Stochastic Mine Planning at Mcgill
Mining is fraught with uncertainty, but with the Sept. 8 launch of McGill University‘s COSMO (stochastic mine planning) laboratory, uncertainty will be less of a liability. In fact, it should become more of a positive factor, to be combined with all the variables used to determine a mine’s value and its schedule of production.
The advisory board consists of representatives from BHP Billiton, AngloGold Ashanti, Barrick Gold, CVRD, De Beers, Inco, Newmont Mining and Rio Tinto. Each company has made a five-year financial commitment, and participates in the formulation of problems and the on-site evaluations of the new technologies that COSMO generates.
The director of COSMO, Prof. Roussos Dimitrakopoulos, is a leader in the field of stochastics–the science of uncertainty and risk–as applied to mining. Inspired by work on managing strategic investment in an uncertain world, 10 years ago Dimitrakopoulos began developing new modeling methods that quantify uncertainty for mining, particularly in orebodies.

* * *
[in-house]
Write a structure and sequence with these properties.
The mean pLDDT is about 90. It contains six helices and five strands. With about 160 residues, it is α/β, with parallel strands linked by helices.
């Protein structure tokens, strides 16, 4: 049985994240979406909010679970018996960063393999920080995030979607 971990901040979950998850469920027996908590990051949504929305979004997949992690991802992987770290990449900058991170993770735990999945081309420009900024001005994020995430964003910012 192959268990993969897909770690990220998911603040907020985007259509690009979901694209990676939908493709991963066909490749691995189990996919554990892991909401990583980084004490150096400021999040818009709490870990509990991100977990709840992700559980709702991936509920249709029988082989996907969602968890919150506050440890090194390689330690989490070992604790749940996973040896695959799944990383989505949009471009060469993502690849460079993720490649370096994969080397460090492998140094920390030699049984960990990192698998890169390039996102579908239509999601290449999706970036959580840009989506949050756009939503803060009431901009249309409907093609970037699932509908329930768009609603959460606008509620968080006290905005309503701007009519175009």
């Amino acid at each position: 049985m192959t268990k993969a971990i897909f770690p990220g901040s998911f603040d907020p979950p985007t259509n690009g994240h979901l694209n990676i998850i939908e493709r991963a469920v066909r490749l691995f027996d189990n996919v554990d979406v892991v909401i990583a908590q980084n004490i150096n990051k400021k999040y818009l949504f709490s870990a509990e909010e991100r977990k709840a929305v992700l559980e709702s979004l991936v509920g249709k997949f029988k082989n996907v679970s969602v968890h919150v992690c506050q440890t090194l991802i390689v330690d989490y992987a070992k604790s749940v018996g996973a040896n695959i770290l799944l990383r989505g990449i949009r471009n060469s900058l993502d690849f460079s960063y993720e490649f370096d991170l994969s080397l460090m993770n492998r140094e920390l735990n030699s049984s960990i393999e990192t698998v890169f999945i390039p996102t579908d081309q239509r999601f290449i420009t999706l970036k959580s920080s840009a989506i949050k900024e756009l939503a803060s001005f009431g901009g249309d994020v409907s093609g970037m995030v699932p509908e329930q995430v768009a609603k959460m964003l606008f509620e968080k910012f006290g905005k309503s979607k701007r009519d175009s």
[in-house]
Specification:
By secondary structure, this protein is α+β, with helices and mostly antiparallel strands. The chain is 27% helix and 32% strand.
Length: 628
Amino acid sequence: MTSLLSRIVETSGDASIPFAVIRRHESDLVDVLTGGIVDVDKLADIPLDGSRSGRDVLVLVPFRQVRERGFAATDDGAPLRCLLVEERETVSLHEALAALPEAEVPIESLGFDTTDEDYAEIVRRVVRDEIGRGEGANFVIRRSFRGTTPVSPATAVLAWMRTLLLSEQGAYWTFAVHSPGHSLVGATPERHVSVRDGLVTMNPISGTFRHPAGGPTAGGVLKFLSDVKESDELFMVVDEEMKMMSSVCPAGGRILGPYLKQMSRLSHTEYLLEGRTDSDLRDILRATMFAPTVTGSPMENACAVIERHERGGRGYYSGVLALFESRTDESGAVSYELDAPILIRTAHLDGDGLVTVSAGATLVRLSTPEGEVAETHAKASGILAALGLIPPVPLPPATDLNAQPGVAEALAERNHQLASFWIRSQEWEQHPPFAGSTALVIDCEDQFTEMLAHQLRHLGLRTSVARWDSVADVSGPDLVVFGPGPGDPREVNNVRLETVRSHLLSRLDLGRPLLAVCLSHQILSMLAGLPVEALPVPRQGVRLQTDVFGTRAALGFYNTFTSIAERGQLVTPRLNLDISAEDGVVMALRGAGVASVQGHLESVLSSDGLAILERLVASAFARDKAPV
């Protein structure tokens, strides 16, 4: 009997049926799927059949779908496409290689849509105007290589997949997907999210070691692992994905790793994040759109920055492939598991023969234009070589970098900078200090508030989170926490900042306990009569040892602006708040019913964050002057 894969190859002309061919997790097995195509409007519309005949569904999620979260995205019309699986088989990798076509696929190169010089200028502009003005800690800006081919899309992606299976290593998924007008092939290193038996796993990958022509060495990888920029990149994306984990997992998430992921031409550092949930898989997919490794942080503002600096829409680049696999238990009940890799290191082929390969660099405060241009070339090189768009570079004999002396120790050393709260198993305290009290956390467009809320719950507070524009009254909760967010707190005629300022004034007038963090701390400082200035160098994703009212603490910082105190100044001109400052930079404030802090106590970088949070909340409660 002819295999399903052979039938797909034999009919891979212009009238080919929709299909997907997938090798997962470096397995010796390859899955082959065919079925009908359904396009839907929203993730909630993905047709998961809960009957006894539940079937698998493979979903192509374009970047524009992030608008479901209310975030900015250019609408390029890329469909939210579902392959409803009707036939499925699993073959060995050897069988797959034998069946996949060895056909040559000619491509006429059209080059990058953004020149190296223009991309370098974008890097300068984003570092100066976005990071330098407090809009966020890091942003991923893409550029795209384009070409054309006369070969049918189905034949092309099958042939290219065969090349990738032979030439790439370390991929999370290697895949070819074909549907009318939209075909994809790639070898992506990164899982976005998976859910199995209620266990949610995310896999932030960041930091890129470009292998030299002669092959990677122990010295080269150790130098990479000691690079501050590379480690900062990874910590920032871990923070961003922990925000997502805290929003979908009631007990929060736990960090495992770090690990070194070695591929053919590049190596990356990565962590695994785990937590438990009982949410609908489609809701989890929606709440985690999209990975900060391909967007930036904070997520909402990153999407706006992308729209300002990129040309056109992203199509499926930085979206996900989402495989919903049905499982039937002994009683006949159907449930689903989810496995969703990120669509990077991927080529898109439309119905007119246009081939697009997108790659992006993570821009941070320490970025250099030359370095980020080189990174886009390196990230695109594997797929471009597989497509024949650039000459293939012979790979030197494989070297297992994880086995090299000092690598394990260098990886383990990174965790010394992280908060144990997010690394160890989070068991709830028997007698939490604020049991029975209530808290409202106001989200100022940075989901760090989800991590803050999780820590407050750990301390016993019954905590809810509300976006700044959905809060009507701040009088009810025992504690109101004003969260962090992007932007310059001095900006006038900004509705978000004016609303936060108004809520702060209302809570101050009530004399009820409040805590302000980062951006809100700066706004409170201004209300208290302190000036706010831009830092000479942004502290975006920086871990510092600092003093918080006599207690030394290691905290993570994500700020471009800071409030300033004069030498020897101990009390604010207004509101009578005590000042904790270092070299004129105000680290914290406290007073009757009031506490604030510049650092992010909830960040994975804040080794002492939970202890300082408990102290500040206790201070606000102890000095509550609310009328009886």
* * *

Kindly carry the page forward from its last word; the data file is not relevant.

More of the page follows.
Tests conducted with BHP Billiton and others suggest 5-25% improvements in the value of mining operations compared with conventional methods, and risk is reduced. Dimitrakopoulos believes that the existing modeling and mine planning technologies are near the end of their life cycle: “The conventional models used can’t include uncertainty, they simply ignore it, and we understand now that this does us no favours.”
COSMO is staffed by eight graduate students and three research associates. There are collaborating professors from a variety of disciplines including computer science, electrical and computer engineering, management and finance from McGill University as well as Stanford, cole des mines de Paris, and Colorado School of Mines.
Dr. Malcolm Thurston, vice-president, mineral resource management for De Beers Canada, notes that “one of the major problems we face is to optimize exploitation of the orebody. This implies an understanding of what run-of-mine material must be removed in space and time to get the best return possible for the project. This must be balanced against the risk imposed with respect to people, mining equipment and the natural resource itself. The laboratory at McGill is making a contribution in this area, and early results have been implemented with success at a specific De Beers operation in South Africa.”
The interdisciplinary research to be conducted at this facility will continue to change how we assess orebodies, plan and design mines, forecast production, manage waste and plan mine rehabilitation.